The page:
Newton Daily Republican from Newton, Kansas on January 9, 1891 · Page 1
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Newton Daily Republican from Newton, Kansas · Page 1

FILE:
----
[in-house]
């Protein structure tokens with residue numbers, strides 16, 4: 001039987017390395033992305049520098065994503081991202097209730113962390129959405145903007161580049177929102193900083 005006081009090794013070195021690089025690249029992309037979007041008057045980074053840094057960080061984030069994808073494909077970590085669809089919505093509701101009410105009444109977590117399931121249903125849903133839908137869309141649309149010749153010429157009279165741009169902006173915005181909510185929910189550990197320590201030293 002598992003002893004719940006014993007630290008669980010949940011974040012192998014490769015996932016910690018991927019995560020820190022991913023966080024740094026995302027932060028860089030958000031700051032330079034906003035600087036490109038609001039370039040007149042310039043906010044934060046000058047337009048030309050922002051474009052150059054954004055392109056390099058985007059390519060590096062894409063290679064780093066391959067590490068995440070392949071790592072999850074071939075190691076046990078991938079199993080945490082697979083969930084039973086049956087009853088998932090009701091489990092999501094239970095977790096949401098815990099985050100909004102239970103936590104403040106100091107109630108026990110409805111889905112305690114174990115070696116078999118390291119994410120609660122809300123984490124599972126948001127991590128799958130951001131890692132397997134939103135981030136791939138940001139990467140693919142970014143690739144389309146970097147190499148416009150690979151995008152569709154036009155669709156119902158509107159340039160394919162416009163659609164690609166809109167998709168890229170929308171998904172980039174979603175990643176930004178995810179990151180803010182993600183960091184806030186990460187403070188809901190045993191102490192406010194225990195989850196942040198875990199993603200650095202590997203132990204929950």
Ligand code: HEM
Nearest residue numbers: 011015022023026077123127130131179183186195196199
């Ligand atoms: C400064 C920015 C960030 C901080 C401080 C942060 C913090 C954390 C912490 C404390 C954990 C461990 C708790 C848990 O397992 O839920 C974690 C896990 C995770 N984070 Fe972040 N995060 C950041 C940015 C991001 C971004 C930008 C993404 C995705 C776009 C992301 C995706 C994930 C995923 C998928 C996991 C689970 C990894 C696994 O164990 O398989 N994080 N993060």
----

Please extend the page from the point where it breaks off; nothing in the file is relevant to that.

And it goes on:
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DA EWTON NEWTON. KANSAS, FRIDAY EVENING. JANUARY 9, 1891. WHOLE NO. 1886. VOLUME VII, NO. 7. ,1 SUIM HEALER. MAKES A SPECIALt 01 all Dims oi an Inflammatory Ita; cuhes:rheummism, dyspepsia, chronic diarrhoea, also alukervous troubles, chorea st. vitus dancf. PROLAPSUS UTERI, HEMORRHOIDAL TUMORS; ALL DISEASES OF THE NERVOUS -SYSTEM.- I will not treat cancer or consumption) as I can not do them any good. I use no stiong medicines or instruments Having had an extended practice of many years, I know what I can do with magnetism. Office Hours: 9 to 11:30 a. m., 1:30 to 4:30 p. m. ALL THE SAME DAY. FROM TICKET TO Call and go away wiser as to U. P. CHANGES. The New Management Fashing Things Vigorously. TWO OLD DIVISIONS ABOLISHED Two New Ones Created BrlnkerhofPs Sphere of Activity Enlarged Also the Labon of Other Officials at Probably Leu Far. Kansas City.Mo., Jan. 8. The flat has gone forth. A reorganization in the plan of the operation of the Union Pacific railway system has been ordered. It is to be made effective January 15. A circular was received in this city this morning announcing the changes that are to be made. One of the most important changes is the abolishment of the old Missouri river and the Grand Island divisions and the creation of two new eastern divisions which will be known as the Kansas division and the Nebraska division respectively. According to the circular General Man ager W. P. Eobinson, Jr., of the St Joseph & Grand Island division, whose headquarters have always been at St. Joseph, is left out in the cold as, apparently, is also his stenographer and force of clerks. Hereafter it is said the Union Pacific will have a general agency at St. Joseph like the Santa Fe has. General Manager J.'D. ISrinkerhoff, of the Missouri river division will become general superintendent of the Kansas division. Mr. Brinkerhoff's position is made a more important one by the change in title. He will have charge of all the lines in Kansas and the greater portion of the St Joseph A Grand Island division is added to hIsterritory. The Kansas division includes the lines from Kansas City to Denver, from St Joseph to Grand Island, from Fairfield to Alma, from Marysville to Manhattan, from Leavenworth to Miltonsvale, from Leavenworth to Lawrence, from Leavenworth to Topeka, from Junction City to Concordia and Belleville, from Solomon to Beloit, from Salina to Wakeley and from Salina to McPherson. Mr. Brink-rhoff will continue to make his headquarters at Kansas City. The circular states that Robert Bllck-ensderfer will be general acting superintendent of the Nebraska division, until further notice. He will have charge of the system in Nebraska outside of the old Grand Island division. The 'cut off" from Julesburg to La Salle, Col., will be taken from the gulf division and included In his territory. ' After January 15 E. J. Duncan will be general superintendent of the gulf division, to take the place of General Manager Meek, resigned. W. H. Bancroft will be general superintendent of the mountain division, to take the place of General Manager C F. Bessiquine. . McNeil, the present general manager of the Pacinc envision, wiu nave hi title changed to that of general superintendent Silas H. H. Clark will be general manager of the entire system t -A is-Vice-President Holoomh will tKa CUBES ANY HEADACHE BUT CURES NOTHING ELSE. The motto of The Republic an Job Office is PROMPTNESS. . . Your work dona wh . . . you are waiting. Never go abroad when you . . can save money by . . staylngat home. . t Everything done with Paper, Ick Tresses is done at the REPUBLICAN JOB ROOMS. CIRCUS POSTER what can be done in Newton bis assistant. No other changes Lave been announced in the operating department It is probable that the change in the titles of the division general managers will also necessitate a change of the present superintendents. Mr. A. P. Palmer, the present superintendent of the Kansas division, will keep his headquarters at Kansas City. X.V THEIR BLINDNESS. Saskatchewan Indian Sacrifice a Boy to Propitiate the Deity. Winnipeg, Man., Jan. 9. The skeleton of a ten-year-old Victoria Indian boy has been found six miles east of Fort Saskatchewan, standing with Its arms outstretched and the wrists tied to two trees. The body has been identified aa the son of the Indian Blue Horn, who went hunting and trapping with his boy in the Beaver Hills near Fort Saskatchewan last June. While looking at his traps one day, accompanied by the i-boy, Blue Horn told the latter to re-1 turn to camp while he continued to ex-I amine his traps. On the return of Blue Horn to the camp he was surprised to find that the boy had not returned." The other Indians in the camp turned out and searched for the boy, but did not find him. Yesterday a half-breed from Beaver Lake, named Charles Desch-nault, found in the woods not far from New Beaver Lake a trail, and about six miles east of Fort Saskatchewan the skeleton of the child. From the situation of the skeleton it is evident that the boy was killed and offered as a sacrifice by some Indiana on a hunting expedition, as is their cos-toni. The Indians had hung about the body pieces of . cloth and trinkets to secure the favor of the gods. TORNADO IN TEXAS. Several House Blown Down at - Sher-( man. Sherman, Tex., Jan. 8. A cyclone passed east of this town yesterday afternoon. Several houses were blown down, an infant was killed and four adults were severely wounded. John Schmidt was blown over a barb-wire fence. He seized the wire as he passed, and his hand was inmost torn off. Household goods -are scattered about for miles and the loss is great It is thought many lives have been lost Yoakum, Tex., Jan. 8. About 4 o'clock yesterday afternoon, a cyclone passed' about two and one-half miles west of Yoakum. The path of the storm was about 800 feet wide. Three houses were demolished. Trees were uprooted, and hay stacks sailed in the air like kites. No one was injured. Iowa Adopt! Uniform Rate. Des Moines, la., Jan. 8. The Iowa Railroad Commissioners have decided to adopt the new uniform classification with the reservation: "In case any interest in the State is Injuriously affected by the classification of any product of the soil or article of merchandise or manufacture, the Commissioners reserve the right to take the particular article from the general classification and give it a commodity rate." COSXECriCCT CONTENTION. Tronble In Orgnnliln; the New State Government. Hartford, Conn., Jan. 9. Both branches of .the Legislature met at 10 o'clock yesterday. The Senate speedily organized, by electing Read, of Bridgeport (Democrat) President pro tens, with the other caucus nominees. The House spent a long time in organizing owing to technical questions about seating several members which, however, did not affect the Republican majorty. Finally A. W. Paige was made Speaker and the other Republican caucus nominees elected. The Senate sent a committee of two Democrats to the board of canvassers, demanding the official canvass. It was refused on the ground that the canvass must be sent to the General Assembly, which was not then organized. At 1 o'clock, however, it was. sent to the House, according to custom. The House adopted the usual joint rules and committees were appointed under them. About 5 o'clock the House sent the official canvass to the Senate with a resolution referring it to the joint committee on canvass of votes for State officers. The Senate had voted not to create such a committee this year and when the canvass and returns came in the Senate created a special committee of its own to examine and report upon them. After about two hours' conference the majority of the committee (two Democrats) reported that Luzon B. Morris was elected Governor the regular Democratic ticket Resolutions declaring each candidate so elected were The Republican member of the committee reported that various persons had been refused opportunity to show that the returns were incorrect and that as the returns were not right no one should be declared elected, and the matter Bhould be examined into and the fact of no election shown. This was defeated. The House took a recess to 10 o'clock next morning and the Senate, after declaring the State officers elected adjourned. A caucus of Republican Senators and Representatives nominated 0. II. Piatt for Senator unanimously. THE TVRXER LETTER. McOrath Bitterly Denounce the Publication of the Alleged Turner Letter The Congressman Denies That He Wrote It. Topeka, Kan., Jan. 9. The Alliance Tribune publishes a ' statement from President McGrath, of the State Alliance, with reference to the letter published yesterday in the Advocate, purporting to have been addressed to Mr. McGrath by Congressman Turner, and which created a tremendous sensation in political circles. McGrath in this statement discredits the authenticity of the letter and bitterly assails the men who caused its publication. tubneb's emphatic denial. Washington, Jan. 9. Congressman Turner, of Kansas, was shown a telegram stating that the Alliance Advocate of Kansas had published a: letter from him to Frank McGrath, president of the Farmers' Alliance of that State, in which he offered ,000 if elected Senator. Mr. Turner said that he had written no such letter and that the publication of such a statement-was a gross misrepresentation. He could not imagine what the thing meant for he was not in any sense a candidate for Senator nor would he be a candidate. BURS IX a A TOWN. Report That Hostile Are Burning a Town In Idaho. Salt Law?, Utah, Jan. 9. A special dispatch this morning from Pocatello, Idaho, says the Indians are burning the town. Troops have been asked for from Boise City. An earlier, dispatch, from Pocatello said: "The Indians on the Fort Hall reserve have been dancing, and 200 bucks in war paint have taken to the mountains with arms, causing great excitement. "Governor Wiley has been asked to order the militia to Pocatello, and probably a company of United States cavalry at Boise barracks will be sent there. "The Indians on the reserve number 1,200 or 1,500, more than half of whom are Bannocks who caused the prolonged war twelve year ago. !JThe people of Pocatello have almost no arms, and the towns of Eagle and Blackfoot are on the border of the reserve. "The Indians who took to the mountains are working eastward toward Wyoming. . 'The belief is expressed that if the the Indians at Pocatello go on the war path they will be joined by the tribes on the Lemhi reservation, who number 500, embracing 125 able bodied bucks." Escaping Prisoner Shot. MoPhehson, Kan., Jan. 9. Yesterday morning William Brantanno, under sheriff, shot and mortally wounded William Crowley, an escaping prisoner. Crowley was furnished a revolver and cartridge by some friend, but la his excitement forgot to put the cartridge in the revolver. He snapped the pistol twice at Brantanno before the latter shot The ball entered Crowley's body in the back, passing through the kidne'vs. Crowley will pro'bly die. before morning. No one bl.aes Brantanno as he was only s'iarging his duty. , The Weather. Washington, Jan. 9. A storm of considerable energy has developed in the Southwest attended by heavy rains in the West Gulf States and by heavy snows in Kansas, Colorado and Western Missouri. It is ten to twenty degrees colder in Montana, slightly oolder in Missouri and Eastern Kansas, but warmer in Colorado. Storm In Northern Kansas. Miltonvale, Kan., Jan. 9. A big snowstorm, accompanied by heavy winds, is raging throughout Northern Kansas.. Freight trains are all abandoned. There has been no train in on the Central Branch of the Union Pacific for eight days. V i i f . ' Th ProhiWtloniataof Mississippi propose to organize for the fall campaign. Greece is reported crushed under taxation. Its debt is enormous. A FATAL RISK. Lieutenant Casey'Shot Deal By Hostiles. HE VENTURED TOO NEAR. Outlying Plrkrts Attacked Red Cloud and Followers Desirous of Peace Mysterious Movement of Hostile Many Tribe In Rebellion. Pine Ridgk Agency, S. D., Jan. 9. Late last night General Miles received official information of the killing near the hostile tamp of Lieutenant Casey of the Twenty-second infantry, who had ventured too near the savages. He was shot through the head. General Brooke, who sent this startling information, also reported heavy firing in the 'direction of the hostile camp, and it is supposed that the Indians have attacked a division of the troops or fired upon a passing train. Lieutenant Casey was one of the brightest young officers of the army. The Indians who are now in rebellion represent all the reservations in Dakota. There are many Cheyennes among them, and scouts say that bands of Ara-pahoes have joined the hostile forces. Yesterday was beef issue day, and over 4,000 Indians took a hand in the slaughter of the 105 steers which were issued. Many of the hostiles came to get their meat and when'lhey received their share, they galloped back to the village with their Winchesters slung over the pummels of their saddles. General Miles expects to leave the agency in a day or two to superintend the movements himself. The cordon of troops is slowly closing in around the hostiles in the valley on White Clay creek. General Brooke has given instructions that each commander of troops in this vicinity patrol the country from one command to the other to see that no party, however small, of the hostiles escapes. Late Tuesdav night the camp was aroused by shots being exchanged by one of the outlying pickets about three-quarters of a mile from camp. Immediately every one was under arms, horses were saddled and two troops were sent out to the scene. Ky this time a picket rode into camp and stated that while they were on guard a band of Indians tried to surprise them, shooting at them from behind a pile of rocks. They returned the tire. During the firing one of the pickets was slightly wounded. Lioutenant C-'usev was born in California, but was appointed to the Military Academy at West Point from Louisiana in 1869. On graduating in 1875 he was appointed as Second Lieutenant in the Twenty-second infantry,, ai-il. was promoted to a First Lieutenancy in 1880. He served with his regiment in the Department of Texas, Dakota and "Missouri up to 1883, when he was made senior assistant instructor of infantry and artillery tactics at West Point, serving there a year. He was adjutant of his regiment from 1884 to 1887. He was regarded as one of the brightest young officers in the service. Couriers from among the hostiles repeat the announcement that nothing can arrest bloodshed while at headquarters hopes are entertained that the trouble will soon end in peace. Late last evening the General received word from Red Cloud that he would come in and bring all the Indians he could with him. The General thinks that Two Strike will accompany Red Cloud and that they may be followed by all the other Indians. Some of the hostiles were seen leaving camp Tuesday night and making their way over the country toward the various agencies. Whether their errand signified disintegration or an effort to secure recruits is not yet known, though the scouts think the former. Paymaster Major Baker has left Rushville for the agency with money to pay off the troops. WEDNESDAY'S CONGRESS. Further Debate on the Financial Bill In the Senate The Home and Ship Subsidies. Washington, Jan. 8. After agreeing to the conference report on the public printing deficiency bill the Senate yesterday took up the financial bill. Mr. DanH (Va.) spoke in favor -of the bill and the absolute free and unlimited coinage of silver. At the close of his speech Mr. Plumb followed in an argument in favor of free coinage. He did not elaim that free coinage was a panacea for all evils, but contended it was a long, a wise and important step in the right direction. Mr. lliscock spoke against the amendment (free coinage). After an executive session the Senate adjourned. After the morning hour the House, in Committee of the Whole, resumed consideration of the shipping bill Mr. Herbert (Ala.) opposed the bill and Mr. Dingley jM,e.) spoke in favor. Mr. Dockeryf li.) spoke against it Pending debat ' the House adjourned. Matabele Hen Threatening. London, Jan. 9. Private advices which have been received in this city from South Africa state that 20,000 Ma-tabele fighting men are preparing to make an attack upon the line of fortified posts which was established by the Mashona land expedition. The forces of the South Africa Company are in a bad condition, and are not likely to hold their ground in the face of a serious attack, so that it the natives are not dissuaded from their purpose, the work oi that expedition will be virtually destroyed. - A Consul's Reception. Huron, S. D., Jan. 9. Colonel Ray Myers, Consul at San Salvador, has instituted a suit for (50,000 against that Republic ' and is pressing his claim through the State Department When he arrived at his post a year ago he found a rebellion in progress and he had to make his way to his hotel amid shot and shell. These continued day after dav. and the onlv recourse he had was to take protection behind a huge rock bath tub. Here he remained seventy-two hours and considers he is dam-Bgsd 30,000. ... "THE BE A UTLTVL.' Prof. Snow Reduce to Figures the Balmy CUraate of Kansas. Lawrevce, Kan., Jan. 9. Prof. Snow ha-J prepared a meteorological summary for the year 1890 from observations taken from the university. This shows that the year 1890 was one of the six warmest years upon his twenty-three years' record, the thermometer having reached the zero point but twice during the year. The rainfall was above the average, but an untimely deficiency in June and July was disastrous to the crop in nearly all parts of the State. Some remarkable peculiarities of this year were the extremely low barometer of March 37, which gave the lowest reading ever observed at this station, and the date of the first snow, which did not make its appearance until Dec-cember 23, forty-three days later than the average date. The mean temperature of the year was 54:10 degrees, which is 1:83 degrees above the mean for the preceding twenty-two years. The highest was 101.5 degrees on July 14; the lowest 5 degrees below zero, January 16, giving a range of 105:5 degrees. The mean of the winter months, 31:99 degrees, which is 3:06 degrees above the average. Of the spring it was 52:55 degrees, which was 1:17 degrees above the average; of the summer, 77:94 degrees, 2:33 degrees above the average; of the autumn, 54:03, 0:55 degrees above the average. The warmest month of the year was July, with mean temperature 82:76; the warmest week, July 8 to 14, mean, 85:13 degrees; the warmest day, July 14, mean, 88:47 degrees. The mercury reached or exceeded 90 degrees on forty-three days, 8 below average. The coldest month was January, the mean temperature being 23:24 degrees; the coldest week, January 15 to 21, mean temperature, 13:56 degrees; the coldest day, January 15, mean, 6:12 above zero. The mercury fell below zero on only two days, of which one was in January and the other in February. The entire rainfall, including melted snow, was 30.32 inches, was was 0.83 inches above the annual average. The rain of the afternoon and night of October 12 measured 4.42 inches, which surpassed any previous single rainfall on record, except the 5.68 inches of August 12, 1889. The number of thunder showers was twenty-four. May 20 occurred the only hailstorm of the year. The entire depth of snow was 15.50 inches, of which eight inches fell in January, three in February, one-half in March and four inches in December. This was 5.08 inches below the annual average. The velocity of the wind was below the average for the preceding seventeen years. There were twenty-five fogs, which number had been but twice exceeded. REDISTRICTLNB DISTRICTS. The B1U Prepared By the Kansas State Codifying Committee to Redlstrlct the State For Judicial Purpose. Topeka, Kan., Jan. 9. The bill prepared by the Senate Codifying Committee redistricting the State for judicial purposes provides for only twenty-five districts instead of thirty-five. The districts will be made np as follows: First district, Atchison, Brown, Doniphan; Second district, Douglas, Jackson, Jefferson, Leavenworth; Third district, Wyandotte; Fourth district, Anderson, Franklin, Johnson, Miami; Fifth district, Bourbon, Crawford, Linn; Sixth district Cherokee, Labette, Montgomery; Seventh district, Allen, Neosho, Wilson, Woodson; Eighth district, Coffey, Lyon, Osage; Ninth district, Shawnee; Tenth district, Marshall, Nemaha, Washington; Eleventh district, Clay, Geary, Pottawatomie, Riley; Twelfth district, Dickinson, Marion, Morris, Wabaunsee; Thirteenth district, Butler, Chase, Greenwood, Harvey; Fourteenth district, Chautauqua, Cowley, Elk; Fifteenth district, Barber, Harper, Sumner; Sixteenth district, Sedgwick; Seventeenth district, McPherson, Saline, Ottawa; Eighteenth district, Cloud, Jewell, Mitchell, Republic; Nineteenth district, Smith, Phillips, Norton, Decatur, Rawlins, Cheyenne; Twentieth district, Lincoln, Osborne, Rooks, Graham, Sheridan, Thomas; Twenty-first district, Ellsworth, Bus-sell, Ellis, Trego, Gove, Logan, Wallace; Twenty-second district, Rice, Burton, Rush, Ness, Lane, Scott, Wichita, Greeley; Twenty-third district, Stafford, Pawnee, Edwards, Hodgeman, Ford, Garfield, Gray, Finney, Kearney, Hamilton; Twenty-fourth district, Reno, Kingman, Pratt, Kiowa; Twenty-fifth district, Comanche, Clark, Meade, Seward, Haskell, Grant, Stevens, Stanton, Morton. - INTER-STATE DEEP HARBOR. Secretary Dana Visiting Topeka In the Interest of the Scheme. Topeka, Kan', Jan. 9. Secretary F. L. Dana, of the Inter-State Deep Harbor Committee, is here in the interest of the deep water meeting to be held in Galveston in February. The Government Commissioners appointed to locate a navy yard on the Gulf of Mexico are to assemble in Galveston this week, and it is-thought the new yard will be located there. For the special exercises in February four of the new United States vessels the Chicago, Atlanta, Dolphin and Yorktown have been ordered to Galveston, and will make a naval display. This will be the first appearance of the white squadron in the Gulf. The Chicago is the flag-ship of the squadron, and will have on board Admiral Walker, who has charge of the United States squadron of evolution, commonly called the flying squadron, owing to the fleet-ness of the ships. Fifteen war ships', of other nations are expected to participate in the National display. m Fire at MsLonth, Kan. MoLotjth, Kan., Jan. 9. At 9:80 o'clock last night fire broke out in the double store building occupied by C. J. Stark a general store and J. WV Burk aa a harness shop. But few people were abroad at the time and the . building being a wooden one it waa quickly consumed The losses are as follows: H. M. Reyn- v. imiiMBi. conn m (n. surance; C J. Stark, merchandise, 13,000, insurance 91,500; J. W. Burk, harness, 8300, no insurance. STUCK AT THE START The Nebraska Legislature in a Peculiar Fix. JOINT SESSION DISJOINTED. Two Chairmen and Two Gavel Going-After Four Hours' Barking Both Bides Agree to Adjourn The Points Involved In the Controversy. Lincoln, Neb., Jan. 9. The proceedings in the Nebraska Legislature yesterday afternoon were of an extraordinary character. At 8 o'clock the Senate aud House assembled in joint session for the purpose of canvassing the vote of State officers as prescribed by the Constitution. Trouble was precipitated at the outset by a misunderstanding as to which officer should preside over the joint convention. Lieutenant-Governor Mickle-john advanced to the chair to preside, claiming his right under the Constitution, the statutes and the uniform practice of the State. Speaker Elder, of the House, refused to vacate and the two officers occupied 'chairs side by side, each claiming the gaveL The Speaker attempted to call the body to order, but was himself called to order by the Lieutenant-Governor. The hall was crowded and the excitement was intense, but no demonstration was made beyond some loud talk and a number of motions to change the plan of proceeding to the canvass. These motions were declared out of order. The official returns were brought in by the Secretary of State and laid before the body. The Speaker was directed by the Lieutenant-Governor to open the package and read the returns. He began the work, but was advised by the attorney for the Independent party not to do so. He then refused to go on with the work. The Lieutenant-Governor ruled that no businfess could be transacted until the returns were canvassed and this brought on a deadlock. The joint convention sat for nearly four hours, the time being taken up by oratorical fencing and labored argument from each side to prove that the other was in the wrong. At 7 o'clock a recess was taken until 10 o'clock this morning, when the deadlock will again be in force unless one side decides on a course that will bring victory. The point involved is this: The Independent or Alliance party is contesting the election of the Democratic Governor and the remaining State officers, all Republicans. They wish to prevent the announcement of the election of these officers, evidently preferring to Beat the contestants directly. Lieutenant-Governor Micklejohn, who is a Republican, holds that it is his duty to declare the officers having a majority on the face of the returns, so that if there is to be a contest it must be commenced in the regular way after this announcement of election is made. The Alliance men are in a majority and had the Speaker of the House been a stronger man they would undoubtedly have brought affairs to a crisis yesterday by a show of muscular as well as numerical strength. MINNESOTA LEGISLATURE. No Choice For Speaker of the House Bills In the Senate. St. Paul, Minn., Jan. 9. The House of Representatives met at 10 o'clock and resumed balloting for Speaker. There was no material change. At the afternoon session another ballot for Speaker was cast, resulting: Searles 40, Stivers 41, Chaplain 83. The House then adjourned till morning and the conference committees from the caucuses resumed their efforts to bring about a compromise. The Senate met and adioumed till afternoon. Two bills introduced were to fix the rate of interest, 8 per cent being made the maximum in both cases and 6 minimum in one and 7 in the other bill. A bill for the inspection of binding twine by the dairy commission was introduced and one for the separation of villages from towns. The caucus . conference committees were hard at work and at midnight there -was hut one point to be agreed upon that of chairmanship of the House Railroad Committee, which was wanted by both the Alliance and the Democrats. THE PENSION ROLLS. The New Certificates Issued During DecemberFee Paid Attorney. Washington, Jan. 9. The Pension Office. during December issued 8,599 certificates under the old laws and 5,183 certificates under the law of June 27 last Besides these original pension claims there were adjusted 9,531 claims for an increase, reissue and rerating, making in all 18,802 claims adjudicated, or about 800 more than in any previous month. Inasmuch as all claims under the new law are taken up in their order, and the adjudication of new claims has just begun, any person having a claim can ascertain approximately the number of months before it will be reached by dividing the number of his claim by five. The total of fees paid to pension attorneys for claims adjusted during December amounts to 8237,005. Only 23 per cent of the claims taken from the completed files were found to -be complete. All claims in which no attorney is employed have been given to a board of experienced clerks for immediate adjustment Senator Teller, Washington, Jan. 9. Senator Teller has received a dispatch from Denver, signed by every Republican of the Legis lature of Colorado, saying that whatever differences might exist on other subjects in the minds of the members of the Republican party in Colorado there was but one sentiment throughout the State respecting the Senator-ship, and that was in favor of Senator Teller. K. H. Corse, the Alliance exchange aownt at T.awrnn. ta aatrl to ha abort Farmers who shipped their farm products through Corse are, it is alleged, Oct about H00 TELEGRAPHIC) BREVITIES. 8. A. Kean, the defaulting banker oi Chicago, has been indicted by the grand Jury. It is stated that the King of Rouma nlahas decided to abdicate in favor of his son. In a fire in Modesto, Cal., Jacob Gay pool, aged 10 years, and twenty-two. horses perished. England and Portugal have nearly concluded a treaty to be submitted to the Cortes before signing. Twenty -one prisoners in the jail at Chattanooga, Tenn., who had revolted were starved into submission. The Idaho Senators drew lots recently, Senator Sharp securing the long term and Senator McConnell the short term. Fire in Cairo, I1L, destroyed two large stores and their contents, causing $100, 000 loss. Several clerks had narrow e-" capes. Captain Wallace, who was killed by Indians in the battle at Wounded Knee, was buried at Yorkville, S. C, his old home. An agent who was arranging for the transportation of emigrants from Germany to Brazil has been arrested in Posen. Sever Lerley, the late county treasurer of Chippewa County, Wis., has been arrested, charged with having embea-. tied $19,000. There are rumors that the alleged cheap method of producing aluminum, of which so much was expected at Chicago, is a fraud. News has been received of the death at Erzeroum, in Asiatic Turkey, of Charles Dalton Clifford Lloyd, the English diplomatist, aged 45. The New York clearing house certificates continue to decrease. On the 7th $900,000 were canceled, leaving the amount outstanding $9,555,000. English Board of Trade returns for December show imports increased 1,140,000 and exports 380,000 as compared with the corresponding month in 1889. Associate Justice E. Charles Devens, of the Massachusetts Supreme Court, is dead. He was 71 years old, and was Attorney-General under President Hayes. The New Hampshire Legislature waa organized by the Republicans, who immediately elected Tuttle for Governor. Police preserved order in the State House. Herbert L. Rand, the new Consul to the Caroline islands, will ask the Government to station a man-of-war at Ponapi, for protection against Spanish tyranny. The Supreme Court of Nebraska has issued a writ of mandamus compelling the Speaker to canvass the returns. This is considered a point in favor of Governor-elect Boyd. The 'resident has sent to the Senate the following nominations: H. C. Pugh, of Indiana, Consul at Palermo; 0. G. Bailey, of Nebraska, register of the land-office at Bloomington, Neb. ; also a number of army promotions. J. H. Fargo, of Kansas City, has submitted a plan to the World's Fair Commission for the erection of a large elliptical amphitheater on the grounds in which daily athletic contests and animal exhibitions can be given. The international monetary conference met at Washington on the 7th, but transacted no business, owing to the absence of delegates, and adjourned to the call of the temporary chairman, Senor Romero, the Mexican representative. Hamburg dispatches state that several merchants of that city are preparing to outfit a steamer to begin a cruise in Behring sea about May 1, and that a promise has been given from Berlin that two vessels of the German navy will cruise in the northern part during the sealing season. MONEY AND MARKETS. Financial. Kxw York Money on call easy, ranging from 804 per cent, last loan 8, closed offered st2V4. Prime mercantile paper VZWi per cent Sterling exchange active and strong at 4,8241 for 60dny bill and 4.85Vs for demand. Boston Money at S per cent Exchangs On New York 17c premium. Ohicaqo Now York exchange was quoted easier at par. Money continued stiff at 7 pel cent for all classes of loans. Sterling exchange was steady at 4.80 for 60 day bills and 4.841 for slghtdrafts. St. Louis Exchange on New York 90o premium Money at 5 8 per cent. Grain and Provisions, Cattle, Etc Kansas City Flour, weak; family, fl.2S Cboioe, (1.50; fancy, 1.65SL70. Wheat, quiet; No. 1 hnrd, 82o bid, 84o asked; May, 87a bid; No. 8, 781,20 bid; .No. J red. 68'Ao bid, 9U ssked. Corn, steady; No. 2, 4"7o bid, 480 asked; May, Wfto bid; No. 2 white, C()Ac bid, tlo asked. Oats, No. 1, 44Uo bid, 46c asked. Bye, No. 3, 60Uso bid. Mess pork, JU.50. Tierce lard (pure), $6.50, Butter steady; fanoy creamery. 25c; fancy dairy, l320c. Eggs, Arm at ISc. Cattle, weak ; dressed beef and Shipping, $3.754.50; cows, $2.0033.25; stock-ers, i.oo3.50. Hogs, lower; tops, S3.553.60 bnlk, $B.10a3 50. Sheep, quiet at $1 0094.25. St. Louis Flour, steady; family, $8.103 1.25; choice M. 35 3. 90; fanoy, $4.0004.10; pat. nta, $4.714 80. . Wheat, firm ; No. 2 red, OMi94i6o; May, 9fi,97tto; Corn, quiet ; No. J, 7i4Hc; May, 503504o. Oats, quiet; No. ,42ia4Mc; May, 45Vio. Rye, dull; No. 2, 66a bid. Pork, new mess, 110.62ft. Lard $5.70(3 5.75. Dry salt short clear, $5.305.87i4. Butter, unchanged; creamery, 2l22o; dairy, IS 4B220. Eggs, arm at 19a Cattle, a shade better; good to choloe steers, $8.6094.30. Hogs, lower; J8.70 for tops. Sheep, active at U.loG 4.50. Whleky, 11.14. Ohio ago Flour, steady; prng patents, $4.70135.00; winter, $4.6005.00. Wheat, Inactive! No. spring, 80o ; No. 8. 8886ftc; No. 2 red, 9109214c; May, 9fty3974)0. Corn, quiet; No. 1, 48c; May, 62Mo. Oats, firmer; No. 2, Olio; No. i white, 4S46o. Rye, No. 2,60 68c Pork, $10.75. Lard, $5.92V45.95. Dry salt shoulders,, $4.2084.30. Butter, easier) extra creamery, 250260; extra -dairy, 239 Mo. Eggs, Arm at 230250. -Cattle, easier; prime steers, $3.8505.00, Hogs, lower; light, $8.86 3.65; heavy, $3.5508.80. Sheep, fairly active at $3.8504.70. Whisky, $1.14. Nw YORK Flour, fairly aotive; winter wheat, low grades, $3.4003.90; fair to fancy, $8.9006.00; patents, $4.4005.40. Wheat, dull and weak ; No. 2 red, $1.03ty in elevator; No. I, $1.00; No. 2 red January, $1.03; February, $104S1.06; May, $1.0481.061; July. 990 tl.Oot. Corn, irregnlar; No. 2. 59 i 59Vo In levator; January, 690690; March, 590 MWo. Oats, stronger; No. 2 white mixed, 51 62c; mixed western, 4652o; white do., 61067c. . Pork, dull; old mess, $IO,0)11,00 new, $11.50012.00. Short clear middles, $5.95. Ajara, iutu wwmuu wim, C.27'.i. Z'.'.9 dull; western dairy, U02Oo; do. creamery, 1! 280 ; Elglns, 290. Xgga, qrlet; wedtera,2(